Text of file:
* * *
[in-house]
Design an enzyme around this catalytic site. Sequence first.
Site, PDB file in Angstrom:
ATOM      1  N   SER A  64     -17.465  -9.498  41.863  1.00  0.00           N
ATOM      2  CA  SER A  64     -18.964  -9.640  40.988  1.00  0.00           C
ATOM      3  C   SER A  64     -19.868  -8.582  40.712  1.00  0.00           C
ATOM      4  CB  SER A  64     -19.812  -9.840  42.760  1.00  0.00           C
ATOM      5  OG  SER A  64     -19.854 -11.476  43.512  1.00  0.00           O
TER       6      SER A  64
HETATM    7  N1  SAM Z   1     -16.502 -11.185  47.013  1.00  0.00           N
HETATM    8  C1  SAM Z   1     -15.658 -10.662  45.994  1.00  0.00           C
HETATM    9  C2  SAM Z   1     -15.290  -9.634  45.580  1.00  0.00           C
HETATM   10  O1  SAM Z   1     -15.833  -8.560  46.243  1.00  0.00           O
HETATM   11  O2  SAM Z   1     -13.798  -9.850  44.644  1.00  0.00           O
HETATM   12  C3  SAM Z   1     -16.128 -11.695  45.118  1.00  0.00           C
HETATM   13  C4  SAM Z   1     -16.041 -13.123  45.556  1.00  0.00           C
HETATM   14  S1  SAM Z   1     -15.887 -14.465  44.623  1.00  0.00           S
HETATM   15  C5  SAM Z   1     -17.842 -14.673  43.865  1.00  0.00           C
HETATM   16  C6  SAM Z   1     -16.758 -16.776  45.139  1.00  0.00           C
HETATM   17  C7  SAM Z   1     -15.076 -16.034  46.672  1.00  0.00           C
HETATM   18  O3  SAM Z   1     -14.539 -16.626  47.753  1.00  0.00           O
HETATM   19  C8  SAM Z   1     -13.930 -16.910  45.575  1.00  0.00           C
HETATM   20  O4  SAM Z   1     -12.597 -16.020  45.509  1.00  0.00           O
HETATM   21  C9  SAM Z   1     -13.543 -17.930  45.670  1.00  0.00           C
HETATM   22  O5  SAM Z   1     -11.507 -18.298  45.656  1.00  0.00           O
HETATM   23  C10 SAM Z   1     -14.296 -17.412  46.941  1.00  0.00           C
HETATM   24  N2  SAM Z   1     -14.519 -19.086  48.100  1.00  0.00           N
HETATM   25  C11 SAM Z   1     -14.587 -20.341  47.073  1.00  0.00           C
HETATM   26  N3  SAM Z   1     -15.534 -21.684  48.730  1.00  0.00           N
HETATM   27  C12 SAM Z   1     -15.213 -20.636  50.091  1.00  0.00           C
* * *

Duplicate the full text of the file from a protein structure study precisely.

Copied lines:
[in-house]
Design an enzyme around this catalytic site. Sequence first.
Site, PDB file in Angstrom:
ATOM      1  N   SER A  64     -17.465  -9.498  41.863  1.00  0.00           N
ATOM      2  CA  SER A  64     -18.964  -9.640  40.988  1.00  0.00           C
ATOM      3  C   SER A  64     -19.868  -8.582  40.712  1.00  0.00           C
ATOM      4  CB  SER A  64     -19.812  -9.840  42.760  1.00  0.00           C
ATOM      5  OG  SER A  64     -19.854 -11.476  43.512  1.00  0.00           O
TER       6      SER A  64
HETATM    7  N1  SAM Z   1     -16.502 -11.185  47.013  1.00  0.00           N
HETATM    8  C1  SAM Z   1     -15.658 -10.662  45.994  1.00  0.00           C
HETATM    9  C2  SAM Z   1     -15.290  -9.634  45.580  1.00  0.00           C
HETATM   10  O1  SAM Z   1     -15.833  -8.560  46.243  1.00  0.00           O
HETATM   11  O2  SAM Z   1     -13.798  -9.850  44.644  1.00  0.00           O
HETATM   12  C3  SAM Z   1     -16.128 -11.695  45.118  1.00  0.00           C
HETATM   13  C4  SAM Z   1     -16.041 -13.123  45.556  1.00  0.00           C
HETATM   14  S1  SAM Z   1     -15.887 -14.465  44.623  1.00  0.00           S
HETATM   15  C5  SAM Z   1     -17.842 -14.673  43.865  1.00  0.00           C
HETATM   16  C6  SAM Z   1     -16.758 -16.776  45.139  1.00  0.00           C
HETATM   17  C7  SAM Z   1     -15.076 -16.034  46.672  1.00  0.00           C
HETATM   18  O3  SAM Z   1     -14.539 -16.626  47.753  1.00  0.00           O
HETATM   19  C8  SAM Z   1     -13.930 -16.910  45.575  1.00  0.00           C
HETATM   20  O4  SAM Z   1     -12.597 -16.020  45.509  1.00  0.00           O
HETATM   21  C9  SAM Z   1     -13.543 -17.930  45.670  1.00  0.00           C
HETATM   22  O5  SAM Z   1     -11.507 -18.298  45.656  1.00  0.00           O
HETATM   23  C10 SAM Z   1     -14.296 -17.412  46.941  1.00  0.00           C
HETATM   24  N2  SAM Z   1     -14.519 -19.086  48.100  1.00  0.00           N
HETATM   25  C11 SAM Z   1     -14.587 -20.341  47.073  1.00  0.00           C
HETATM   26  N3  SAM Z   1     -15.534 -21.684  48.730  1.00  0.00           N
HETATM   27  C12 SAM Z   1     -15.213 -20.636  50.091  1.00  0.00           C